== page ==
Having a giggle doesn't just improve your mood but also helps combat pain - but only if its genuine laughter
A good giggle could help people feel less pain as it causes the body to release chemicals that act as a natural painkiller.
By testing the pain thresholds of volunteers, researchers at the University of Oxford found that subjects who had recently experienced genuine belly laughs were able to withstand up to 10 per cent more pain than those who hadn’t.
The scientists also insisted the type of laughter was important. Professor Robin Dunbar who led the research believes that uncontrollable laughter releases chemicals called endorphins into the body that generate mild euphoria that reduces pain.
‘It’s the emptying of the lungs that causes this effect,’ he says. ‘It’s exactly what happens when we say ‘I laughed until it hurt’. It seems to be extremely painful and it’s that pain that produces the endorphin effect.’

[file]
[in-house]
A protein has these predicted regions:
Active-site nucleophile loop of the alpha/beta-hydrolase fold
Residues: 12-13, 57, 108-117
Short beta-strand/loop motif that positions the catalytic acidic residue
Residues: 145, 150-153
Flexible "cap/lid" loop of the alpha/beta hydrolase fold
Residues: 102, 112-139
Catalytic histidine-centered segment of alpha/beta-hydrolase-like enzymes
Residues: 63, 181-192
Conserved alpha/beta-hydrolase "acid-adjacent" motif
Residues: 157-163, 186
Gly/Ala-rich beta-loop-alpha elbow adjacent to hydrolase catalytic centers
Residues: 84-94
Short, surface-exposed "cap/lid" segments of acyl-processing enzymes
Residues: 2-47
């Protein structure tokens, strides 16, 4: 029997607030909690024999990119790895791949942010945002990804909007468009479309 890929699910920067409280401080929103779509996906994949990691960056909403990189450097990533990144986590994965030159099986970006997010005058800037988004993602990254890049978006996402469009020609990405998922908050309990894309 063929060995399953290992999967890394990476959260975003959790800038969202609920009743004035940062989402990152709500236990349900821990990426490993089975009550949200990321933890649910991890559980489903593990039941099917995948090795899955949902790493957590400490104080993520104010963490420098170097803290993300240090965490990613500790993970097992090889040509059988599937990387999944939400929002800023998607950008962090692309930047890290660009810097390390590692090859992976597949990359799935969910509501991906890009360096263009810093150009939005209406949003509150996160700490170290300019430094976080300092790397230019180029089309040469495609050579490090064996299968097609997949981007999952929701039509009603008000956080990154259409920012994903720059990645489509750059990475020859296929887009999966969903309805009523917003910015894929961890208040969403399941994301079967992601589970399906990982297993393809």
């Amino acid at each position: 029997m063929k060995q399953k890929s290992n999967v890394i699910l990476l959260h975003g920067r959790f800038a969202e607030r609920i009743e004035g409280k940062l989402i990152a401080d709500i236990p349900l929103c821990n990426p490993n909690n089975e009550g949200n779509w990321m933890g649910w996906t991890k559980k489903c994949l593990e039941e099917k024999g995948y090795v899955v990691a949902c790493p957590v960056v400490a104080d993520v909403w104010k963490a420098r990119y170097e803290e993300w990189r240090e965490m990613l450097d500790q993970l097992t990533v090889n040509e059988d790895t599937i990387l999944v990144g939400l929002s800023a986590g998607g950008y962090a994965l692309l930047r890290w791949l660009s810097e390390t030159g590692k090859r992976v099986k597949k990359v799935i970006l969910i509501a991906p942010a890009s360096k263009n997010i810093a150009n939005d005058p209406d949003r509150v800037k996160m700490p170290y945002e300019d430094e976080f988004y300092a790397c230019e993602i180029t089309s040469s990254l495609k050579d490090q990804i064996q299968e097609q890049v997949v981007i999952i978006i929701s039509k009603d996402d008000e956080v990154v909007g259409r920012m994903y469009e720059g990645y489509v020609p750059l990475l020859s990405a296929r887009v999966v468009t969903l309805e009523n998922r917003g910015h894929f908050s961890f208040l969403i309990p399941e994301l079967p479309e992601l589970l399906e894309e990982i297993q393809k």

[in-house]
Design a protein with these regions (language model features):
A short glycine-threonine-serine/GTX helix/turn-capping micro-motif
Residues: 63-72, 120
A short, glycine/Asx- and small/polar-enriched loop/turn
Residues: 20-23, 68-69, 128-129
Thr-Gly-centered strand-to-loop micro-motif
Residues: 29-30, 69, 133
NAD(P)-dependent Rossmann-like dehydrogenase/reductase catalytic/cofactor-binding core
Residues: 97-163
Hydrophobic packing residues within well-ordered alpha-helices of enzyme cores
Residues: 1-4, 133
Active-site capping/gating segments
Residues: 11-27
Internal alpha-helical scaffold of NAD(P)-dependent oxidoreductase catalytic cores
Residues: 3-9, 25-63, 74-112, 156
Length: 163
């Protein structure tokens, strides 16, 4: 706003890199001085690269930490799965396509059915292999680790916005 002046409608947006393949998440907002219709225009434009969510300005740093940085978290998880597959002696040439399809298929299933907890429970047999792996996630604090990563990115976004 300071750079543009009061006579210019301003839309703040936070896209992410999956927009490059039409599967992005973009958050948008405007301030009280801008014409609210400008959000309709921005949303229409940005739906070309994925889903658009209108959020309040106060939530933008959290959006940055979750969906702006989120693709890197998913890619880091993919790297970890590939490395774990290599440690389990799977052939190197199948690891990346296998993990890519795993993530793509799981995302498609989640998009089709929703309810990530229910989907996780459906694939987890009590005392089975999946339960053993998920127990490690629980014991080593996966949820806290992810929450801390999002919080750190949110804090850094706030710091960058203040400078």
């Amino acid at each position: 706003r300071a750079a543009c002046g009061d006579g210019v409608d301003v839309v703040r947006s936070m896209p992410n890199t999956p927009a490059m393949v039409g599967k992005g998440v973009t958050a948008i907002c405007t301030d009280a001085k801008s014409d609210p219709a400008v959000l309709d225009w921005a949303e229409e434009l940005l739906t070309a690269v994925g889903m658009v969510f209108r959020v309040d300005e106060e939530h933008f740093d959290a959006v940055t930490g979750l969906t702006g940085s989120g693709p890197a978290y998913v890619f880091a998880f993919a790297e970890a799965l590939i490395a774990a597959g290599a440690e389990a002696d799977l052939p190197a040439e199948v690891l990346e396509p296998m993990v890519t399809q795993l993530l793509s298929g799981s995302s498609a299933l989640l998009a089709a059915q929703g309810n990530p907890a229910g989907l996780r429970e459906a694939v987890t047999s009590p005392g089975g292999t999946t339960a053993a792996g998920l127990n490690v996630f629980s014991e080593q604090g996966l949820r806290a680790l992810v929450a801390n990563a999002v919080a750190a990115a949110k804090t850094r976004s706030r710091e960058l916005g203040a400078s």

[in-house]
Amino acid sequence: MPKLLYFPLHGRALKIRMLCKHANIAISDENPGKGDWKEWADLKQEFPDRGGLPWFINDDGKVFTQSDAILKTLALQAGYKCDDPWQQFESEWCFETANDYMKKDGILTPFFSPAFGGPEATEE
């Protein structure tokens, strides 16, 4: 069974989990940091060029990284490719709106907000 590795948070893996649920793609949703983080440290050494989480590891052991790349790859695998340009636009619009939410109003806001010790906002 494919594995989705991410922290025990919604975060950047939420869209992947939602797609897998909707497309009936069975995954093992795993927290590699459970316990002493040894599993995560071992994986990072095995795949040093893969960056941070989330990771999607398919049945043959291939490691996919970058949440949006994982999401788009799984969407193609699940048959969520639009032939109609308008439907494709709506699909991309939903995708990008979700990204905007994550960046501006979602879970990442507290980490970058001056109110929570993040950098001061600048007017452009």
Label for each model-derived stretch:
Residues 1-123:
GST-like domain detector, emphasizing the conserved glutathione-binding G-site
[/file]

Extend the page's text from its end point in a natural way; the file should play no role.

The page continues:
Professor Dunbar’s theory also suggests that as well as dulling pain, endorphins make people more susceptible to developing bonds. ‘The next stage will be to see whether laughing really allows groups to bond together and work as a group better.’
If this turns out to be the case, it could explain why the first humans were able to form large tribal communities of up to 100 compared to apes and ape-like creatures that existed around the same time.